With the recent pandemic halting all arrivals of volunteers for the foreseeable future, we spoke to Kate Charles, Project Manager of Ocean Spirits, to hear how the team were coping.

“Since the nesting season had already begun, there was no time to plan, no time to apply for extra funding. It was too late to postpone volunteer bookings; the leatherback turtles were coming to Grenadian shores to nest, whether we were ready or not.

“The project launched its 2020 season in March – two newly recruited interns had flown in and were busy preparing the project house and research equipment. Just two days after they arrived, Grenada announced it was beginning to prepare to face the Covid-19 pandemic. Things began to move rapidly – within a week borders were to be closed, and the interns were sadly forced to fly home, not knowing how long the impacts of the pandemic would be felt.”

As tales abound of marine life returning to usually crowded waterways thanks to the global lockdown, Kate stresses that the closure of beaches in Grenada is not a beneficial thing for local turtle populations.

“We have found that it is not a good thing. The hatch success rates of leatherback nests are much lower than other sea turtle species – with less than 50% of eggs laid actually hatching – so it is vital that every egg is protected, and nests are not disturbed. […] With international volunteers no longer present to patrol, and no funding to pay local researchers, poaching increased from < 3% to 26% in the space of just two weeks. With the lockdown curfews being continually extended, more poachers are desperate for income.”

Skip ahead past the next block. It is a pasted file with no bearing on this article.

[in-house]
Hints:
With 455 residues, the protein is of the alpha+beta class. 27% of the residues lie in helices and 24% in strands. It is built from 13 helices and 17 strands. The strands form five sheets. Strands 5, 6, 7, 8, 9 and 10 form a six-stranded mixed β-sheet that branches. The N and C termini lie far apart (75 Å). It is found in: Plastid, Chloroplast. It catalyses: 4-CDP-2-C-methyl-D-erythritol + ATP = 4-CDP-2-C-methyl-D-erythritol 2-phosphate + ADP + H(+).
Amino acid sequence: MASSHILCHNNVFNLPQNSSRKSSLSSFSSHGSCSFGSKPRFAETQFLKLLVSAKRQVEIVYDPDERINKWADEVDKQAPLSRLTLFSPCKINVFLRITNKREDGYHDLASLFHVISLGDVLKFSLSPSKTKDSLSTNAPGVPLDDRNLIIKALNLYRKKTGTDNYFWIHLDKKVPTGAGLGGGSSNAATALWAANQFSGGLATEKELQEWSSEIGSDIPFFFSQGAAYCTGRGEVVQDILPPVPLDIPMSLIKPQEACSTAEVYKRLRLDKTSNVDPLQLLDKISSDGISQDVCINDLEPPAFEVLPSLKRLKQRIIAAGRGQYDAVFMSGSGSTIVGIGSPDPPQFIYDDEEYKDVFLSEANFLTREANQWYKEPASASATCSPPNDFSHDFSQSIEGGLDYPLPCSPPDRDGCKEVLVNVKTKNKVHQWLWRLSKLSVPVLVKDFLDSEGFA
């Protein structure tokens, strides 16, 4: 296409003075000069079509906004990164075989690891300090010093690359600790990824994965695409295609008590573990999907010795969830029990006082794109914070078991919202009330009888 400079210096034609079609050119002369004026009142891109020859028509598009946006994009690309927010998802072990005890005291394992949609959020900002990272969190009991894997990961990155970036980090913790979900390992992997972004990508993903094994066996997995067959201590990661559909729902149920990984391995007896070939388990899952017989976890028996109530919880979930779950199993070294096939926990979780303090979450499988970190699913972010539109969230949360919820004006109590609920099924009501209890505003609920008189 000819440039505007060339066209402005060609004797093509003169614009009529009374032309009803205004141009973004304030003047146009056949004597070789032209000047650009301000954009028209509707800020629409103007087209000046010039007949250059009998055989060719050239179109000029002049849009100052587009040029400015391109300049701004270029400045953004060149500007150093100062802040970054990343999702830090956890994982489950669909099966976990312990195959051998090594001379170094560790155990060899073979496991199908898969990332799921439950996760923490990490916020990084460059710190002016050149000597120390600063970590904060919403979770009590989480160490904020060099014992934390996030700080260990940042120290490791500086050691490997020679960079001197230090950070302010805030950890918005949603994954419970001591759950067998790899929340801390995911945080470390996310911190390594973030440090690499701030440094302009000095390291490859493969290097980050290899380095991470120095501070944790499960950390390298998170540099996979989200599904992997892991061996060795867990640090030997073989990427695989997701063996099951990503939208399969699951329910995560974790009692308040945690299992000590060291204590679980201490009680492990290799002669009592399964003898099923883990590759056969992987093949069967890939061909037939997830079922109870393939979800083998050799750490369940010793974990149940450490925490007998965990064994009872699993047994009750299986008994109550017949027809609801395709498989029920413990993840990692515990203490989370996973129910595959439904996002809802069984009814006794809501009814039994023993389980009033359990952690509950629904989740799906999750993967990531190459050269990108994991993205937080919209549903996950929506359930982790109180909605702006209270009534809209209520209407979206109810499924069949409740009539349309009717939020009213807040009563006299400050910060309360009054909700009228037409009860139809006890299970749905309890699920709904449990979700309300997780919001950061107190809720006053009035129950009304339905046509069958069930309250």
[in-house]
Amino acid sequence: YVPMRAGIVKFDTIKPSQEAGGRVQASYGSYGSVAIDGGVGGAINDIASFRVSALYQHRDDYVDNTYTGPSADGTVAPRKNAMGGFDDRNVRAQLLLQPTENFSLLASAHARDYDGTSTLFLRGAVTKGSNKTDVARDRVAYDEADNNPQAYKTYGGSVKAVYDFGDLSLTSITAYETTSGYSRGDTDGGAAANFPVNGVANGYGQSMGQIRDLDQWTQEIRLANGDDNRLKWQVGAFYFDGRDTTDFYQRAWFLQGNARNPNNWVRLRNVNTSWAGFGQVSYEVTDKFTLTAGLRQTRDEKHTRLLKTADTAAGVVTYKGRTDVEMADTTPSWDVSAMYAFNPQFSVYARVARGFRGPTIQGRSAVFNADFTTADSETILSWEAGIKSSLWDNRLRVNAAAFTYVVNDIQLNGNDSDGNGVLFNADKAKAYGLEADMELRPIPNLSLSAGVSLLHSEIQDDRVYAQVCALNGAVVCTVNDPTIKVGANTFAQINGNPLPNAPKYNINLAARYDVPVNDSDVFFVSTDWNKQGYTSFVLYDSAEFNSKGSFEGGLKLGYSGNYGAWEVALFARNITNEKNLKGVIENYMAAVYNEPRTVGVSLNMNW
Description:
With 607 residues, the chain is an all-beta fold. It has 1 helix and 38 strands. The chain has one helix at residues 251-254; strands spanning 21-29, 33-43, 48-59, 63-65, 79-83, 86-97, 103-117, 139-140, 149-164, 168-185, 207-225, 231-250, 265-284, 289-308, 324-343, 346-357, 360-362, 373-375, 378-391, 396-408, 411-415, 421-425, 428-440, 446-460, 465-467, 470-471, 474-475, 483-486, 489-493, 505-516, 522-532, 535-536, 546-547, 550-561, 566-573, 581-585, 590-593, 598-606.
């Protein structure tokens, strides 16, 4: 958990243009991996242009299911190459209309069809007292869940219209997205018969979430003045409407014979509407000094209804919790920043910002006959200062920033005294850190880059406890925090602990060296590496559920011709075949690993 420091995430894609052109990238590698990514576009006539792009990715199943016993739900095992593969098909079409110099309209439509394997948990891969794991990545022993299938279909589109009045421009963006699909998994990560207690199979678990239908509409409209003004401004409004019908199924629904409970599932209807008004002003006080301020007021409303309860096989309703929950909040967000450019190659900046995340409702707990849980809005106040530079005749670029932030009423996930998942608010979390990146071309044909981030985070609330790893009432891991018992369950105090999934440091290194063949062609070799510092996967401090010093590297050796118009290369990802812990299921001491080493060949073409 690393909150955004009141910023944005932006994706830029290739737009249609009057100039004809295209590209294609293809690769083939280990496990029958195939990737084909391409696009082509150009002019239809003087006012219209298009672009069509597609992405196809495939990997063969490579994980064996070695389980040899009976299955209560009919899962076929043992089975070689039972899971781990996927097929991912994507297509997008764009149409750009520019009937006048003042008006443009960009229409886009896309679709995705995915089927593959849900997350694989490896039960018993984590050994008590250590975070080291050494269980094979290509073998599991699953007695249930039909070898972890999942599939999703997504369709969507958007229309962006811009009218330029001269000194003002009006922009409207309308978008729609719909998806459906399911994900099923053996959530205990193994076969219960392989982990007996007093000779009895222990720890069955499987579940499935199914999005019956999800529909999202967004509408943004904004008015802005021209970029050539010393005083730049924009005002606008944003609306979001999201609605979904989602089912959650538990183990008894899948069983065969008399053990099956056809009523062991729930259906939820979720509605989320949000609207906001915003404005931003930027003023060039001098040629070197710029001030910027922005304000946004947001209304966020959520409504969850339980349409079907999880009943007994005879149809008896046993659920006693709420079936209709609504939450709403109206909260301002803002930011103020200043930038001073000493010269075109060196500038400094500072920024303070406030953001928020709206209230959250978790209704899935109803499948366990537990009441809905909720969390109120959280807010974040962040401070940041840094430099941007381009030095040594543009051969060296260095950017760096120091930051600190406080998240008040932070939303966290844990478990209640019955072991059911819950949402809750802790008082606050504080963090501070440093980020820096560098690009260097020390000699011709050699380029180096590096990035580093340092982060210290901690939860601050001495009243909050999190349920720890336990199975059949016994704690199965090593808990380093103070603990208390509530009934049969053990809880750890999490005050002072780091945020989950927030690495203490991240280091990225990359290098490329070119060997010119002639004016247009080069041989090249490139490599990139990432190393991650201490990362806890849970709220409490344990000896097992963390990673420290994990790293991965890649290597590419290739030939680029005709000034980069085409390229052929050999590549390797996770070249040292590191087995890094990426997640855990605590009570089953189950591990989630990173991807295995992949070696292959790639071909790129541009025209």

“St George’s University evacuated students back to the USA and Canada right at the beginning of lockdown. For us this meant the 150+ students who volunteer annually were gone. They usually provide a large presence on the beaches throughout the season and donate for the opportunity.”

Strict curfews and long wait times for permits to patrol the beaches also contributed to a sharp rise in egg poaching.

“The special permit request wait was long and for over a week we could not visit our nesting beach. Poaching began. We were granted 2 hours in the evening and 2 hours in the morning to check the beach – compared to our normal 10-hour patrol time. Poachers know we are not present all night and are operating as a much smaller team, resulting in their egg harvest increasing.”